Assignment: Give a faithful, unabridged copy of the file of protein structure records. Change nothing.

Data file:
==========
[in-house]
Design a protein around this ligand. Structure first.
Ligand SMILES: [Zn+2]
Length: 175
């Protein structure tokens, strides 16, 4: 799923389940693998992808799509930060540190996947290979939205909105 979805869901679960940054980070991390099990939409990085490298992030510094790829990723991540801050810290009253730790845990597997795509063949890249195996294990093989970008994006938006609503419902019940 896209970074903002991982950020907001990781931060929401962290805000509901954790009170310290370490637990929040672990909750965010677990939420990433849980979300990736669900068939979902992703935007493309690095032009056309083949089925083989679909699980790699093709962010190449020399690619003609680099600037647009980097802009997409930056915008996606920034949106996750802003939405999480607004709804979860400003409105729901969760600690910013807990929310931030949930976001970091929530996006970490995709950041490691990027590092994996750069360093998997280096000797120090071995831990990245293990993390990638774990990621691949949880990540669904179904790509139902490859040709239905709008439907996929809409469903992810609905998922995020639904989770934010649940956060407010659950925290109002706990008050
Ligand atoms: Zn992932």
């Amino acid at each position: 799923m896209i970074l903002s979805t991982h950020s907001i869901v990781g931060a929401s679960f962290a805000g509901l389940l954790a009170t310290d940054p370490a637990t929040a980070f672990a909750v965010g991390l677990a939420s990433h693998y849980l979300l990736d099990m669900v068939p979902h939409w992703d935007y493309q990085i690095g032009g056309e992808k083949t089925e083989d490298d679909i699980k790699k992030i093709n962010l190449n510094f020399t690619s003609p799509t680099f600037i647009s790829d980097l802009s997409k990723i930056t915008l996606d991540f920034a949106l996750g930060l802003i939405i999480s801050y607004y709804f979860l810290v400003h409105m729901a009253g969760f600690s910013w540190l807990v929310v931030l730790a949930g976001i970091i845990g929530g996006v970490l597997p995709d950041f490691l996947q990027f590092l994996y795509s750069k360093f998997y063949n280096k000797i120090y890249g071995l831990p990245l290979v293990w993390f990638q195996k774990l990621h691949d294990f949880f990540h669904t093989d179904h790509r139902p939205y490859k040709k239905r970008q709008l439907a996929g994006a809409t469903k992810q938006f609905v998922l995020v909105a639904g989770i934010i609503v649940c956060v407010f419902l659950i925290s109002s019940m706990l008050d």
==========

[in-house]
Design a protein around this ligand. Structure first.
Ligand SMILES: [Zn+2]
Length: 175
């Protein structure tokens, strides 16, 4: 799923389940693998992808799509930060540190996947290979939205909105 979805869901679960940054980070991390099990939409990085490298992030510094790829990723991540801050810290009253730790845990597997795509063949890249195996294990093989970008994006938006609503419902019940 896209970074903002991982950020907001990781931060929401962290805000509901954790009170310290370490637990929040672990909750965010677990939420990433849980979300990736669900068939979902992703935007493309690095032009056309083949089925083989679909699980790699093709962010190449020399690619003609680099600037647009980097802009997409930056915008996606920034949106996750802003939405999480607004709804979860400003409105729901969760600690910013807990929310931030949930976001970091929530996006970490995709950041490691990027590092994996750069360093998997280096000797120090071995831990990245293990993390990638774990990621691949949880990540669904179904790509139902490859040709239905709008439907996929809409469903992810609905998922995020639904989770934010649940956060407010659950925290109002706990008050
Ligand atoms: Zn992932």
């Amino acid at each position: 799923m896209i970074l903002s979805t991982h950020s907001i869901v990781g931060a929401s679960f962290a805000g509901l389940l954790a009170t310290d940054p370490a637990t929040a980070f672990a909750v965010g991390l677990a939420s990433h693998y849980l979300l990736d099990m669900v068939p979902h939409w992703d935007y493309q990085i690095g032009g056309e992808k083949t089925e083989d490298d679909i699980k790699k992030i093709n962010l190449n510094f020399t690619s003609p799509t680099f600037i647009s790829d980097l802009s997409k990723i930056t915008l996606d991540f920034a949106l996750g930060l802003i939405i999480s801050y607004y709804f979860l810290v400003h409105m729901a009253g969760f600690s910013w540190l807990v929310v931030l730790a949930g976001i970091i845990g929530g996006v970490l597997p995709d950041f490691l996947q990027f590092l994996y795509s750069k360093f998997y063949n280096k000797i120090y890249g071995l831990p990245l290979v293990w993390f990638q195996k774990l990621h691949d294990f949880f990540h669904t093989d179904h790509r139902p939205y490859k040709k239905r970008q709008l439907a996929g994006a809409t469903k992810q938006f609905v998922l995020v909105a639904g989770i934010i609503v649940c956060v407010f419902l659950i925290s109002s019940m706990l008050d």